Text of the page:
Oak Hill commissioners frustrated with MNPS over portable classroom, lack of cooperation

Tuesday, August 28, 2012 at 10:58pm

The city of Oak Hill’s Board of Commissioners voted Tuesday to deny Metro Nashville Public Schools’ permit request for a new portable classroom at an elementary school situated in the affluent satellite city.

But there’s one problem: The portable classroom — a blue structure, described as an eyesore by some neighbors — is already in use.

At issue is a new portable classroom at Glendale Spanish Immersion School on Thompson Avenue in Oak Hill. According to Oak Hill officials, Metro schools’ permit application didn’t address setbacks, elevation, drainage, traffic or other guidelines, making the portable classroom noncompliant with the city’s zoning ordinance.

Nevertheless, Metro schools installed the Glendale portable classroom for the new school year, even though the Oak Hill commissioners say they reached out to the district over the summer to address its application’s shortcomings.

“I would hope that they would follow the process,” Oak Hill Mayor Austin McMullen said moving forward, adding that Oak Hill would “investigate other alternatives” to get Metro schools to comply if the district is unwilling.

He said Oak Hill has started to take property owners to court for failing to adhere to zoning guidelines. “I don’t want to take anybody to court –– whether it’s Metro schools, or you, or me, or whoever.”

Metro schools did not have a representative at Tuesday’s commission meeting to present the district’s argument. The City Paper was unable to reach MNPS officials for comment Tuesday evening.

McMullen said Oak Hill has built a “much more cooperative relationship” with Metro under Mayor Karl Dean than during previous mayoral administrations. But he suggested that relationship doesn’t extend to the school district.

“We haven’t made as much progress with MNPS,” McMullen said. “That’s not to say anything bad about the parents or students at Glendale or any of the other schools ... but there’s something not connecting higher up in the administration it seems like.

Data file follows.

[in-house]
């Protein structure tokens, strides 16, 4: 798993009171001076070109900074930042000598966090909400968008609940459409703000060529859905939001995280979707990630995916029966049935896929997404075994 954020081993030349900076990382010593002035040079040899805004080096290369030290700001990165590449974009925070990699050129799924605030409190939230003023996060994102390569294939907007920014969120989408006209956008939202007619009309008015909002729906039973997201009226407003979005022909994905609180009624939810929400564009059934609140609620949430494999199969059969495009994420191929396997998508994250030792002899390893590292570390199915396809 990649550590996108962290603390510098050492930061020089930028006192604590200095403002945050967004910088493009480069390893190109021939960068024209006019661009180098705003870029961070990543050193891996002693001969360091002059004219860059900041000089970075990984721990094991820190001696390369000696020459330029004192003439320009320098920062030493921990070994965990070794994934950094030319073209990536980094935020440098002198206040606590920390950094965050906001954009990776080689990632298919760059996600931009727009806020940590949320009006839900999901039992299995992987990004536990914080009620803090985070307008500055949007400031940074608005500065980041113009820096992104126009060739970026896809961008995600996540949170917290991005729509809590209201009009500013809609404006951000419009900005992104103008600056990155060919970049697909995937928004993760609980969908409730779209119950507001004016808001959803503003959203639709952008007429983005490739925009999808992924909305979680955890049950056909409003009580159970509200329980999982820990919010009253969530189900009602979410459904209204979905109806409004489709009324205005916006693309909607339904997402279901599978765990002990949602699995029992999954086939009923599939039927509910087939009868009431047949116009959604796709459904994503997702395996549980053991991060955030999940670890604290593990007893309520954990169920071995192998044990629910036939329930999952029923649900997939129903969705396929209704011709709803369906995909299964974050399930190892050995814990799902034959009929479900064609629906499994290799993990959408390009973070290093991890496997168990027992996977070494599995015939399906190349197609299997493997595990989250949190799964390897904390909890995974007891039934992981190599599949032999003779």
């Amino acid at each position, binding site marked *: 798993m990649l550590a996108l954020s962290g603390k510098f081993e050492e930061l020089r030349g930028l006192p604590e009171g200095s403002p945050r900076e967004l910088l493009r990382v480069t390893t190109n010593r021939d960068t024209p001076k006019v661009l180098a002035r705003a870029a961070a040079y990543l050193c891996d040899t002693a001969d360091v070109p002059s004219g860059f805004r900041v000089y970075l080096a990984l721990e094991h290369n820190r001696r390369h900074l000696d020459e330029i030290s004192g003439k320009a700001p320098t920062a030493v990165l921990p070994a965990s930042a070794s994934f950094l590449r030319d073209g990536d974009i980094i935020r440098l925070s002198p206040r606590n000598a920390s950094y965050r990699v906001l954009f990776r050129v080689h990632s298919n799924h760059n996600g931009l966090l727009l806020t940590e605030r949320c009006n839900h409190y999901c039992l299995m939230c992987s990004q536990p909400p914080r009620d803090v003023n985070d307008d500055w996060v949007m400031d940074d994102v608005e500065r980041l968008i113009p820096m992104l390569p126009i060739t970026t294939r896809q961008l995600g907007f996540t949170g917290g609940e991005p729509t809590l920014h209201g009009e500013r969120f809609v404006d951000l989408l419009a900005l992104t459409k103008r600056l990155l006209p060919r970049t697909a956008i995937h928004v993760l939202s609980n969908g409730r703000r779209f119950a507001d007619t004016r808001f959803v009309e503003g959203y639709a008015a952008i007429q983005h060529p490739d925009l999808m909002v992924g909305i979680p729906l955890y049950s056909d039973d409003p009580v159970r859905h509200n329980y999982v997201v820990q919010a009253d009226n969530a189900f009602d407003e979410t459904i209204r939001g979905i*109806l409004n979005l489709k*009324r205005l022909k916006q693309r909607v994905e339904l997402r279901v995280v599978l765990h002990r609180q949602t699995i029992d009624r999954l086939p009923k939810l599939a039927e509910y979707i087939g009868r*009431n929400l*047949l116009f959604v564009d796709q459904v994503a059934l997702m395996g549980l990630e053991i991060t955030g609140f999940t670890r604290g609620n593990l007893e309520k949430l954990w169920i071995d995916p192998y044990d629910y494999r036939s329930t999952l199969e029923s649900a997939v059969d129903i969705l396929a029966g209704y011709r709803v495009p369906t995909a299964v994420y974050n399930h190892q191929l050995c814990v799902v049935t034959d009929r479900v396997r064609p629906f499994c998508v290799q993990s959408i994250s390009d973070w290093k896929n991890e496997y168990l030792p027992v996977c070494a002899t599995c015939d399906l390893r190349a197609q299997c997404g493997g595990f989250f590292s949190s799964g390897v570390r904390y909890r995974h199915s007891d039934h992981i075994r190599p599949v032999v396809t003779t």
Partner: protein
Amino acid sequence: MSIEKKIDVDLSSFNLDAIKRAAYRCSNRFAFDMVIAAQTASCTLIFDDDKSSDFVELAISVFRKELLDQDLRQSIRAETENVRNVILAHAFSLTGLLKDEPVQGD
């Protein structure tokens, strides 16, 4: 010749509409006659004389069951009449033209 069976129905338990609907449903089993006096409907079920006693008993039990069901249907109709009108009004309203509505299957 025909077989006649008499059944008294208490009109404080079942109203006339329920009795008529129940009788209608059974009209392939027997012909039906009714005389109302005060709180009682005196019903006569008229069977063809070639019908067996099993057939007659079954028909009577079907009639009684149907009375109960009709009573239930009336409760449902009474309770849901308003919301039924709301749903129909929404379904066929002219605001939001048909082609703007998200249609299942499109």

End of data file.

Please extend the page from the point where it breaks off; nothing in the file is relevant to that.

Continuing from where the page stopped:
“This trailer is the most recent example of that,” he said.

Earlier this year, Oak Hill inspectors found several codes violations at John Overton High School that they said presented safety concerns. According to McMullen, the district wouldn’t allow inspectors back into the high school to monitor whether safety hazards had been fixed.

Other Hillsboro cluster elementary schools — including Julia Green and Percy Priest — utilize multiple portable classrooms, prompting some parents to request that a new elementary school be pegged for the area to ease the overcrowding.

9 Comments on this post:

By: Res Ipsa Loquitur on 8/29/12 at 4:09

Too funny! It has been well-documented that the City of Oak Hill has a history of electing some corrupt characters who fail to fully comply with the law. Therefore, I would think if MNPS would simply hire counsel with some ties to the current officials this could easily be resolved by making a few payments/fees to the City of Oak Hill. However, maybe that only works for the private institutions. ;-) #GoodOl'BoyNetwork

By: Rasputin72 on 8/29/12 at 7:06

The City of Oak Hill and their willy nilly government is the third leading joke in Davidson County. The first is the MNPS system, The second is the Davidson County Mayor.

By: artsmart on 8/29/12 at 9:48

Rasputin I agree with you. Kinda scary for me though.

By: Left-of-Local on 8/29/12 at 10:31

GOOD! Stick it to MNPS. They need to BUILD SCHOOLS, not tow in more portables. My child is at Haywood, and it is AWFUL on portables. They're a horrid solution in so many ways. More power to them. The only way to negotiate with MNPS is to force their hand and be an asshole about your issue. They don't respond to teamwork.

By: radiyojo on 8/29/12 at 9:09

If you are located in Davidson County, you should be apart of Metro Nashville. No exceptions.

By: Quill on 8/30/12 at 6:08

I' m not sure this is the full story. First of all, I believe the Metro Charter and Zoning laws trump anything Oak Hill puts in place as far as zoning is concerned on property owned by MNPS. Therefore, Oak Hill does not have any zoning authority over the property in question. Second, word on the street is MNPS tried to deliver the zoning application this past summer to the city offices of Oak Hill before the portable was in place and the paperwork was denied acceptance, that is to say city officials refused to even take the paperwork from the hands of the person trying to deliver it. If this is true, then MNPS tried to play by the Oak Hill "rules" and when no one would communicate with them they used the power of the Metro Charter and Zoning law to trump the process.

Yes, it would be nice if MNPS could budget the construction of new schools and the hiring of new teachers, but the money is simply not there. It would be if taxes were raised, but I'm sure the good people of Nashville would rise up in revolt of that happening. It is sad that a school scoring in the top 5% in the STATE must be bothered with a few people who are angry the district is providing them one more classroom to provide an excellent education to young children.

By: aky on 8/30/12 at 6:28

Now even glendale is feeling the pinch. If they are having this reaction to ONE portable, I wonder what they'd do if they had SEVEN? (They can just drive to Julia Green to visualize...)

By: Djc on 8/30/12 at 8:34

Totally agree with you, aky. Go see what a truly overcrowded school looks like...

By: govskeptic on 8/30/12 at 1:09

So glad this group is concerned with the visual tackiness of those
Portables, and will raise the Oak Hill taxes to build a permanent replacement..